I knew the idea was first to blow the house up, and because the mailbox doesn’t work she goes to plan B, which is the car. So with each step of the way, I had to figure out how they were all going to connect: how the Klan members were going to drive up and see Connie being arrested and decide to blow it up … What made it so tricky was that you want it to be really dramatic, you want it to be suspenseful, you want to be on the edge of your seat. One false step and you don’t buy it.

This is the big suspense moment of the film. It’s the big payoff of everything, and if the audience is ahead of Ron we’re sunk. That was the big fear, that the audience was going to figure out what happens before it happened. That’s why I spent so much time figuring out the order of it, because the order had to ensure that the audience didn’t figure it out before Ron’s character did. The audience has to be either right with Ron or right behind Ron, but they can’t be ahead of Ron.

There were a lot of little beats that make it work. One of the tricky ones is the beat when Ron shows up and sees Connie and she’s already planted the bomb, but he doesn’t know where. And the use of the police driving up and arresting Ron, that allows the rest of it to happen. That was one of the last things I added. It raised the stakes a little more.

And what was great about that was that that’s another example of what the movie is about. It’s not an arbitrary kind of use of the police. It’s thematically connected to the rest of the film, in terms of police misconduct. But you’ve got to believe the police would do that for it to work.

I was a little fearful of this beat because I didn’t want it to be an Oh, here they go again moment, in terms of race. It had to be believable. I think a lot of it was Ashlie’s performance. She’s so great in the film that you just believe it. You believe the police would believe her and not Ron. And I think it added this other element to the tension of that moment — the audience is pulling for Ron to stop the bombing, and here he gets sidetracked into this whole thing.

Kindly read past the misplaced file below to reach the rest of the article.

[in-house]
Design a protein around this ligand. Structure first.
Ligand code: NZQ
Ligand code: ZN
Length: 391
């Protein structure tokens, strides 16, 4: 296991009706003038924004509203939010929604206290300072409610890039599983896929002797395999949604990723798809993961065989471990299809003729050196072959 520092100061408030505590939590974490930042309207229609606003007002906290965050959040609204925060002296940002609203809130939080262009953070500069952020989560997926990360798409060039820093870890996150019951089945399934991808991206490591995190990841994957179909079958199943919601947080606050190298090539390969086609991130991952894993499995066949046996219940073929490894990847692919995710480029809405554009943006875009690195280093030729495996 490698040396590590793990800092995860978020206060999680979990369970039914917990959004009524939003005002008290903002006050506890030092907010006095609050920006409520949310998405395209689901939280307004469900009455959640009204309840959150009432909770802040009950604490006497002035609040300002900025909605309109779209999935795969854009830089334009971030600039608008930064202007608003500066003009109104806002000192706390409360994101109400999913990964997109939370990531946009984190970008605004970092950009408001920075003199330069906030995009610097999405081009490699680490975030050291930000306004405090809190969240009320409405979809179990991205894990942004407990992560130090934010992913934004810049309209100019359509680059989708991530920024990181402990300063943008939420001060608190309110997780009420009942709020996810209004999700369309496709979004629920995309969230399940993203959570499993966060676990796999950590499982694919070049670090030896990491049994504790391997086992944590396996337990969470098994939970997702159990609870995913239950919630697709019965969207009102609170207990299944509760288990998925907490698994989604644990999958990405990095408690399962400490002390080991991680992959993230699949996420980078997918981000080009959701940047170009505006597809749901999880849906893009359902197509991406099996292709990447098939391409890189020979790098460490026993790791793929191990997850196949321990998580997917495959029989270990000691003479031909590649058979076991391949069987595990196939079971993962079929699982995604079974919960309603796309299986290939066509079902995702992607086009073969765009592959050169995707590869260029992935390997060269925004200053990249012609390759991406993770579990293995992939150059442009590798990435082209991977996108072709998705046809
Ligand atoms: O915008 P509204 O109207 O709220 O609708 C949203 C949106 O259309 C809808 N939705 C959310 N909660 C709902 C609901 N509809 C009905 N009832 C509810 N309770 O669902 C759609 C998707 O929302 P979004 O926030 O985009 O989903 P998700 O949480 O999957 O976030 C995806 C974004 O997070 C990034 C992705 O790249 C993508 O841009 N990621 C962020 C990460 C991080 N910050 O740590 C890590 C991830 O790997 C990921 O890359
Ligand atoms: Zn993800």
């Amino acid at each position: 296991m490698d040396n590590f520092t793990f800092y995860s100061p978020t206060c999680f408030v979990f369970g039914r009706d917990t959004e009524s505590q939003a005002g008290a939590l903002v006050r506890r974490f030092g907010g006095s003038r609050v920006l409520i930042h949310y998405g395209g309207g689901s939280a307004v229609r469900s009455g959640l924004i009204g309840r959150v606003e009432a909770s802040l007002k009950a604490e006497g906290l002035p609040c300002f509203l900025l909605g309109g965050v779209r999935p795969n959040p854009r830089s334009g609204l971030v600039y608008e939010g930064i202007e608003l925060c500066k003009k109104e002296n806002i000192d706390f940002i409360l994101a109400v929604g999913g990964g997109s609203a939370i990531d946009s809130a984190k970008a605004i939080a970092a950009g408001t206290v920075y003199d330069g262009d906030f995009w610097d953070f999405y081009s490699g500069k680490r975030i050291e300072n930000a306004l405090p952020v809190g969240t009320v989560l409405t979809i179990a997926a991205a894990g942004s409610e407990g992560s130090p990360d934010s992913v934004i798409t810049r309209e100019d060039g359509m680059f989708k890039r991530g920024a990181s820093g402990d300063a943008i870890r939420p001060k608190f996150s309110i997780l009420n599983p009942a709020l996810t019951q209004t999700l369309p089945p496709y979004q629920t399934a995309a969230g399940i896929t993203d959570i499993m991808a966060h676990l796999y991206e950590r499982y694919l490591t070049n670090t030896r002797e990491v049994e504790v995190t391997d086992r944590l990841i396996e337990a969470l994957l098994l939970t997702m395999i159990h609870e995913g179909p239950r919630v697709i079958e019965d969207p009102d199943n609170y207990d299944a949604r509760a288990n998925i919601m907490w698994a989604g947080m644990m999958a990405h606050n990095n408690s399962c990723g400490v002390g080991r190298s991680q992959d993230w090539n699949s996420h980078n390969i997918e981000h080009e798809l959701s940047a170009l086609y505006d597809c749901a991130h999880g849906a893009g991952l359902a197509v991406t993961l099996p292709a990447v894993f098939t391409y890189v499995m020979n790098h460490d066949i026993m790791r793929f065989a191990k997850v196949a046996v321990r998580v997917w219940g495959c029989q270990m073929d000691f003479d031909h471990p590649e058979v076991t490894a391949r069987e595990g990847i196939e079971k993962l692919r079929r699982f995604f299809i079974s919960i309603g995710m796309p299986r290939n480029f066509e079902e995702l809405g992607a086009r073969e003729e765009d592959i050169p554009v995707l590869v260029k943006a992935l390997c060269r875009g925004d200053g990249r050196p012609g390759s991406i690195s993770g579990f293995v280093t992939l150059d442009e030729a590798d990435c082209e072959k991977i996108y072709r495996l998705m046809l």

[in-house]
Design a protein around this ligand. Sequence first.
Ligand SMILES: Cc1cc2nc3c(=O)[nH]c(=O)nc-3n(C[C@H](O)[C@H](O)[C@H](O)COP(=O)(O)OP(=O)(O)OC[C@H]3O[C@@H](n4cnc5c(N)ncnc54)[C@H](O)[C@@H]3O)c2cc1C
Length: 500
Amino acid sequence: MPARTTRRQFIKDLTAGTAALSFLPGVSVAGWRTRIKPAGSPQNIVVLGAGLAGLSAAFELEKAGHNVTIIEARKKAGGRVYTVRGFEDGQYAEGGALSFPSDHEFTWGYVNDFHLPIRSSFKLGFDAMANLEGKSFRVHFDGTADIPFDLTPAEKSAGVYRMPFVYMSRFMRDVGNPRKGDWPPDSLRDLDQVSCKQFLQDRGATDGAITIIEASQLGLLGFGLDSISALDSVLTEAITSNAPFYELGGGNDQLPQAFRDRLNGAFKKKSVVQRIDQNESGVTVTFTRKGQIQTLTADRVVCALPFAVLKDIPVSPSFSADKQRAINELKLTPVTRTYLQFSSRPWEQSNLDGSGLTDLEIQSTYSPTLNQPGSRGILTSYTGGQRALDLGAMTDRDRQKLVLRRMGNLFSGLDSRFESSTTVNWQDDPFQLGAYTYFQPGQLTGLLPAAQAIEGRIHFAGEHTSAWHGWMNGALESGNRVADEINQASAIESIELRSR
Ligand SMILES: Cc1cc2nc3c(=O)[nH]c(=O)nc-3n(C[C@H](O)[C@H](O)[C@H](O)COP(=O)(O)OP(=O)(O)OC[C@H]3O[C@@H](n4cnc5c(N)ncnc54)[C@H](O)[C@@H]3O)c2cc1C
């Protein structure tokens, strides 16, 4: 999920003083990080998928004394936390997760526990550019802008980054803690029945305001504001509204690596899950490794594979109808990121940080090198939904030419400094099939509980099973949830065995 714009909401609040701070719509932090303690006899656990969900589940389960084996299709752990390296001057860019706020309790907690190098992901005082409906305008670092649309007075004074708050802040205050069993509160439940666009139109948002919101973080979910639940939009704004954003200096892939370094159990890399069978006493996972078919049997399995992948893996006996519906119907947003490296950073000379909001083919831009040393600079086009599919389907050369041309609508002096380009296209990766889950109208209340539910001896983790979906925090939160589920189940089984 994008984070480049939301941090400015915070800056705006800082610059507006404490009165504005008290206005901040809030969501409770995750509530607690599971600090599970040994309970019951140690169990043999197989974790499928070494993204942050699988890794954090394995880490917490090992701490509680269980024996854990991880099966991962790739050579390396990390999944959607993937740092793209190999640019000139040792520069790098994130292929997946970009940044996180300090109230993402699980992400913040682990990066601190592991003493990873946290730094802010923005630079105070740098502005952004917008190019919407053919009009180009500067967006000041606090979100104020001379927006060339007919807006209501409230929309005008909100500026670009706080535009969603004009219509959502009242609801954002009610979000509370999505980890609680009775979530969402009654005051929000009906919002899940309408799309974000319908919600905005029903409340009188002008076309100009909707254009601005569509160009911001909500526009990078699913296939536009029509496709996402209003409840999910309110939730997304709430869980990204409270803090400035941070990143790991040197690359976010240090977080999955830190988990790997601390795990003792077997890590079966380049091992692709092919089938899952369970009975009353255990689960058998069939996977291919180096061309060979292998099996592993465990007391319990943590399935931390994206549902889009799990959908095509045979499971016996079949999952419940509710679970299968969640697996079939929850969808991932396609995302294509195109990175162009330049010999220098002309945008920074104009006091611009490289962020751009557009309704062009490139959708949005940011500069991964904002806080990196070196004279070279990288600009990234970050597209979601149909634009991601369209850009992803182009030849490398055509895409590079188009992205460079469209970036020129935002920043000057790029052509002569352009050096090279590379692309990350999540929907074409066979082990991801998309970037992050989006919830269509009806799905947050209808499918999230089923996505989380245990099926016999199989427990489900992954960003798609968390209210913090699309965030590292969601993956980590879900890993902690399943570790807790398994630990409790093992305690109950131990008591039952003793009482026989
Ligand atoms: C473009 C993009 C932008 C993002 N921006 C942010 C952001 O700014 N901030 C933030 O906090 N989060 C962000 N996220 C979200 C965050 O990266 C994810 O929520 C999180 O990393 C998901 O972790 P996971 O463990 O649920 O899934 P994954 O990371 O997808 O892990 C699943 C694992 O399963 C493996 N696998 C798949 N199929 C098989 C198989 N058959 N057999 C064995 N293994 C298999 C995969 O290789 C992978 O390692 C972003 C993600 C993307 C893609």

With this section specifically, I worked on it and did my whole draft. Then I sent it to Spike and he did his draft, and then we went back and forth like that. With this scene, he really liked what I did on it, and I think he contributed to the police coming in and trying to arrest Ron in that whole moment. It was my choice that he got arrested, but he added elements to it. I think he brought up Ron’s frustration a little more, which is the key that makes that moment work.

I think Spike added that the police would profile him and see him as a threat instead of a policeman. Spike and I both kind of have an unspoken understanding of the reality of American life, and you try not to make choices that are just unbelievable. I believe right as we were writing it, a black policeman was shot by other policemen in a situation like this in the United States. That has happened a lot with black policemen, where they’re identified as suspects instead of police and are either arrested or shot. Spike and I both knew these things happen all the time. They especially happened back then, but they’re still happening today.

We knew we wanted the Klan members to bite it. They were gonna meet their maker. At the same time, we didn’t want a big shootout. We weren’t interested in any of that kind of crap. Spike doesn’t really do that, and that’s one of the things I admire a lot about him. He doesn’t do violence for just the spectacle of it. We do in the bad guys, but they kind of do themselves in. We wanted the hate to kill them.

Below, read the scripted version of the scenes:

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Now see how the scene plays out in the finished film:

How BlacKkKlansman Crafted Its Explosive Climax